Factoring out $r$ from the numerator and denominator, the arc length along the Earth's surface can be expressed as the ratio $h/r$.
$$ s = r \arccos \left[ \frac{1}{1+\frac{h}{r}} \right] \qquad_{...(4)}$$
Examining the limits of equation (4) is a useful check to see if the expected results are obtained in two extreme cases.
 At h=0, s=0. An observer lying on the ground will not able to see along any distance along the horizon
 At an infinite height above the Earth's surface ($h \to \infty$), we would expect to see the full face of the Earth. In equation (4), the expression in arccos approaches zero. $\arccos(0) = \pi / 2$. Therefore s approaches $\pi r/2$ This is equivalent to the quarter circumference of a circle with the radius of r. Taking into account the symmetry (see figure 2) the total arc length on either side is $\pi r$
For practical applications equation (4) is cumbersome. The expression for $\theta$ in equation (1) can be simplified if one assumes that the height of the observer above sea level is a small fraction of the radius of the Earth, i.e. h/r is a small quantity. Indeed this condition is true for most terrestrial situations, such calculating the distance to the horizon from a mountain, lighthouse or ship.
In mathematics any continuous function can be represented as a series of polynomials known as a Taylor expansion. In the case of $\cos(\theta)$ the Taylor series is:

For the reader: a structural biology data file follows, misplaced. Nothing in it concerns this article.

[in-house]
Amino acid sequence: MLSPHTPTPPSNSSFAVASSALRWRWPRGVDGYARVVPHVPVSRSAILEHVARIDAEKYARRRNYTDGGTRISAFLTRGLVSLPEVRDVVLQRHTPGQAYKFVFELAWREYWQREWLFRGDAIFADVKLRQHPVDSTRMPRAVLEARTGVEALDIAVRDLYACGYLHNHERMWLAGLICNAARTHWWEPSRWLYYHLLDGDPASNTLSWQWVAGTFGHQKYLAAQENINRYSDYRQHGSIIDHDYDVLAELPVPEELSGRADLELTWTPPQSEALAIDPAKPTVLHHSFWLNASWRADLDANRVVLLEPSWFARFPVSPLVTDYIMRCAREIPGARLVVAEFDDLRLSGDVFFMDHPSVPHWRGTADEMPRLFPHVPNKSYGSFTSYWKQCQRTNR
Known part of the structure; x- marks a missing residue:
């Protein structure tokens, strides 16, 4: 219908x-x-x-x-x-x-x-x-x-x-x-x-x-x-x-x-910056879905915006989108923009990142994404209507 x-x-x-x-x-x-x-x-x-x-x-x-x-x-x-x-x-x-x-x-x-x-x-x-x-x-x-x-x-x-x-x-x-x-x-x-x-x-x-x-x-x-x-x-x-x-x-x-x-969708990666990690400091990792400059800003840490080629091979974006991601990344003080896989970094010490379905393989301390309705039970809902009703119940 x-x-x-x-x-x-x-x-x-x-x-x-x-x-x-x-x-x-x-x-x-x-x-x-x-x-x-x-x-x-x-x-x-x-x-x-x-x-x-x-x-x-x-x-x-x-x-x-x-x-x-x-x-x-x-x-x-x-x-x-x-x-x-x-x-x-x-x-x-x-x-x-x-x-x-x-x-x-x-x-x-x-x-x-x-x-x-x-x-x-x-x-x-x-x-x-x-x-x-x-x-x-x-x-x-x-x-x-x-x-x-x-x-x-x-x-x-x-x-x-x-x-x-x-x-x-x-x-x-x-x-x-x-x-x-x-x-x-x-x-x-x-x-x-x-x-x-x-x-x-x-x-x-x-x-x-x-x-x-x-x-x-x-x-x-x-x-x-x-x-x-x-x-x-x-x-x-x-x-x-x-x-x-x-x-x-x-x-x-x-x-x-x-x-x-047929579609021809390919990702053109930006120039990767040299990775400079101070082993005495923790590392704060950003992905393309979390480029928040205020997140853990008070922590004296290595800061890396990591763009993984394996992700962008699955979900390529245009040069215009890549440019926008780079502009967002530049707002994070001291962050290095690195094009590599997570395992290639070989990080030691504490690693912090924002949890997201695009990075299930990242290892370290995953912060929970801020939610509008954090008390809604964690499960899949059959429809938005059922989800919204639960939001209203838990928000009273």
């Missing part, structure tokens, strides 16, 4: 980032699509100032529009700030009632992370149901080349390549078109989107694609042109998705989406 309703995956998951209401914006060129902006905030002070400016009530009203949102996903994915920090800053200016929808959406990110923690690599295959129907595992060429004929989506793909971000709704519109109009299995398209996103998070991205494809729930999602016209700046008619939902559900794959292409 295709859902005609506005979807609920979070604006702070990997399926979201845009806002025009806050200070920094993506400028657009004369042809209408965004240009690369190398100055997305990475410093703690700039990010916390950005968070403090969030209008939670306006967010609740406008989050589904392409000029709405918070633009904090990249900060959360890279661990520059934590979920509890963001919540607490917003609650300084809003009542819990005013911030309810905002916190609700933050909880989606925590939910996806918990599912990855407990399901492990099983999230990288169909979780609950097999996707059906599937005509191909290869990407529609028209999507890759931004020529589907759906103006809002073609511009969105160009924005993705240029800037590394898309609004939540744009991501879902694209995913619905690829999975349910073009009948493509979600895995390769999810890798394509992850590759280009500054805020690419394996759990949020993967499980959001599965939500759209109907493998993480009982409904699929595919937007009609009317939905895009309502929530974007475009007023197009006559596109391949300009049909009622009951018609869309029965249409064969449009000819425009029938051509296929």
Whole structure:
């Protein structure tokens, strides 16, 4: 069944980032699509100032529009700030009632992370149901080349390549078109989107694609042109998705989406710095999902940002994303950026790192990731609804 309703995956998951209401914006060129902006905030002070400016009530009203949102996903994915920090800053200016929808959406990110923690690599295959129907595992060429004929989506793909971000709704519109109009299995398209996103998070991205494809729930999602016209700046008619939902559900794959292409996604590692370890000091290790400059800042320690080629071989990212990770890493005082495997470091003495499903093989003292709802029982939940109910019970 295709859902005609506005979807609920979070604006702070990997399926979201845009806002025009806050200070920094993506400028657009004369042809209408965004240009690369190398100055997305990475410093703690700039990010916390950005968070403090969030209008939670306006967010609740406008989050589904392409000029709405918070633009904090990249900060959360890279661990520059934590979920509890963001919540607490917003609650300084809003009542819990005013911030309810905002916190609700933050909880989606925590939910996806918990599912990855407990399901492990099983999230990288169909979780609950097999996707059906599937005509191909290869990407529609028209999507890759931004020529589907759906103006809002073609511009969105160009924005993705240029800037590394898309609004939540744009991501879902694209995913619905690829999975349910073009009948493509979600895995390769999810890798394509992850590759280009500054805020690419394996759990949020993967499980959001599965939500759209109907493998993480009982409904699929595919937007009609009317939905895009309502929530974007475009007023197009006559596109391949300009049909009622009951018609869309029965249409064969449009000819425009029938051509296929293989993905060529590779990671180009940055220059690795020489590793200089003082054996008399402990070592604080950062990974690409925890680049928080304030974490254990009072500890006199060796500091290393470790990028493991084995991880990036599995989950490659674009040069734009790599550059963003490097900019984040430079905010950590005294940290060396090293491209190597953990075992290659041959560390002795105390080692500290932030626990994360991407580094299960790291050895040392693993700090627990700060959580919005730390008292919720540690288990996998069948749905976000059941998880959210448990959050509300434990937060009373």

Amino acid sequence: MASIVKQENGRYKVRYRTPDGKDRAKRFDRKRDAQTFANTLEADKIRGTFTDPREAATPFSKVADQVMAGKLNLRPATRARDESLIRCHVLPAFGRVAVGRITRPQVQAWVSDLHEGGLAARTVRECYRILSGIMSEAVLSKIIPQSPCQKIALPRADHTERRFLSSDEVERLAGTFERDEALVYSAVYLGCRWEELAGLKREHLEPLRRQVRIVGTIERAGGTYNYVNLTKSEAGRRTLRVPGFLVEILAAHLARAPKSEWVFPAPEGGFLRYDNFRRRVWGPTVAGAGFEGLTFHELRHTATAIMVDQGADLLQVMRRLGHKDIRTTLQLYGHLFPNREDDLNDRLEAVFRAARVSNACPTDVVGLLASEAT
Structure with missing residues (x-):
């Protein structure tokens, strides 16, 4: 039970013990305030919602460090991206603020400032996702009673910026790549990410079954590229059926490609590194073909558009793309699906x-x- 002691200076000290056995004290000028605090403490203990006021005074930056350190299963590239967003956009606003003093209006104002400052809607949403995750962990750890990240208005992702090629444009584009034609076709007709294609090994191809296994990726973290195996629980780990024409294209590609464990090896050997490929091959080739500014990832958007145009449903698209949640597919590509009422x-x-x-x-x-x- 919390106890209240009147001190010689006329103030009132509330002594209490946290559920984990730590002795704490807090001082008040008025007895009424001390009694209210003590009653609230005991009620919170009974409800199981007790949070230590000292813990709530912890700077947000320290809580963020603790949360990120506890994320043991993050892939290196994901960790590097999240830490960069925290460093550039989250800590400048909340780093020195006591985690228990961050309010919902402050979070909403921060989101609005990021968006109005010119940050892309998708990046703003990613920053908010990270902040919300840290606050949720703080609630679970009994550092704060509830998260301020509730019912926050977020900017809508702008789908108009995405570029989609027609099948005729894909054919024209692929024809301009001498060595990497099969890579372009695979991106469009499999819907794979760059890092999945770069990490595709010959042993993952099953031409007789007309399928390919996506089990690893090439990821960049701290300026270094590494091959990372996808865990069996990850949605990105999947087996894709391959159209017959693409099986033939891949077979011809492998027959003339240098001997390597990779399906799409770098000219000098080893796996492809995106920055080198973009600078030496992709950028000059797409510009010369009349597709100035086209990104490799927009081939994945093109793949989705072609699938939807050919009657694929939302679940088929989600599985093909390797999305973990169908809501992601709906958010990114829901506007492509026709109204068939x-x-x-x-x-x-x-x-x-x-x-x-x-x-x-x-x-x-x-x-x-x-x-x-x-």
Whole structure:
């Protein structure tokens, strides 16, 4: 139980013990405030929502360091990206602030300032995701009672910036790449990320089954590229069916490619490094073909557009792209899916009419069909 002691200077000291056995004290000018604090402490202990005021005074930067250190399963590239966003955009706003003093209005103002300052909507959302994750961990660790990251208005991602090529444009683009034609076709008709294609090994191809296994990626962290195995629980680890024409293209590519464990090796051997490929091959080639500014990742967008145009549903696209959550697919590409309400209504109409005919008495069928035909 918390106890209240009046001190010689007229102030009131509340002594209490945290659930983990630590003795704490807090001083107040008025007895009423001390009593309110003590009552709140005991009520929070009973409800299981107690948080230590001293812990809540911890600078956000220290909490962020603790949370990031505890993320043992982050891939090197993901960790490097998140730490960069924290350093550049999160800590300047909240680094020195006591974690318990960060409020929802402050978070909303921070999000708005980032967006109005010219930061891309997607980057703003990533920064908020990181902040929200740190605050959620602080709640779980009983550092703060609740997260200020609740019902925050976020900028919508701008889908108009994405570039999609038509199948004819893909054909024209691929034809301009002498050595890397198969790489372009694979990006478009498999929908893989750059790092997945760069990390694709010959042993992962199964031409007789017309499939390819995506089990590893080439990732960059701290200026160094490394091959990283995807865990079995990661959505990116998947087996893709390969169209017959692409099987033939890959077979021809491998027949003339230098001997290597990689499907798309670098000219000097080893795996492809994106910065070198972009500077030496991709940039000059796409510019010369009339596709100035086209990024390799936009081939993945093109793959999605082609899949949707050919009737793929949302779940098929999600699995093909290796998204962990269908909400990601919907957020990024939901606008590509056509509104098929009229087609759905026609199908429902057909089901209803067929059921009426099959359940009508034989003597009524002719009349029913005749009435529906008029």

$$\cos(\theta) = 1  \frac{\theta^2}{2!} + \frac{\theta^4}{4!}  \frac{\theta^6}{6!} + ...$$
The valid assumption that h/r is small also implies that $\theta$ will be a small angle. As a result the first two terms are sufficient to approximate $\cos(\theta)$. Rewriting equation (1):
$$1  \frac{\theta^2}{2} = \frac{r}{r+h} = \frac{1}{1+\frac{h}{r}}$$
Multiplying the numerator and denominator of the right side of the equation by $1  \frac{h}{r}$ the following expression is obtained
$$1  \frac{\theta^2}{2} = \frac{1  \frac{h}{r}}{1\frac{h^2}{r^2}}$$
Taking into account $h / r$ << 1, then $\frac{h^2}{r^2} \approx 0$, therefore
$$\frac{\theta^2}{2} \approx \frac{h}{r}$$
$$\theta \approx \sqrt{\frac{2h}{r}}$$
Substituting $\theta$ into equation (2) we get:
$$s \approx r\sqrt{\frac{2h}{r}} = \sqrt{2hr} \qquad_{.....(5)}$$
The resulting equation will work provided the height (h), the radius of the Earth (r) and the distance to the horizon (s) are all in the same units of length. A conversion of units is required to produce a more practical result that will work in both metric and imperial units of measurement.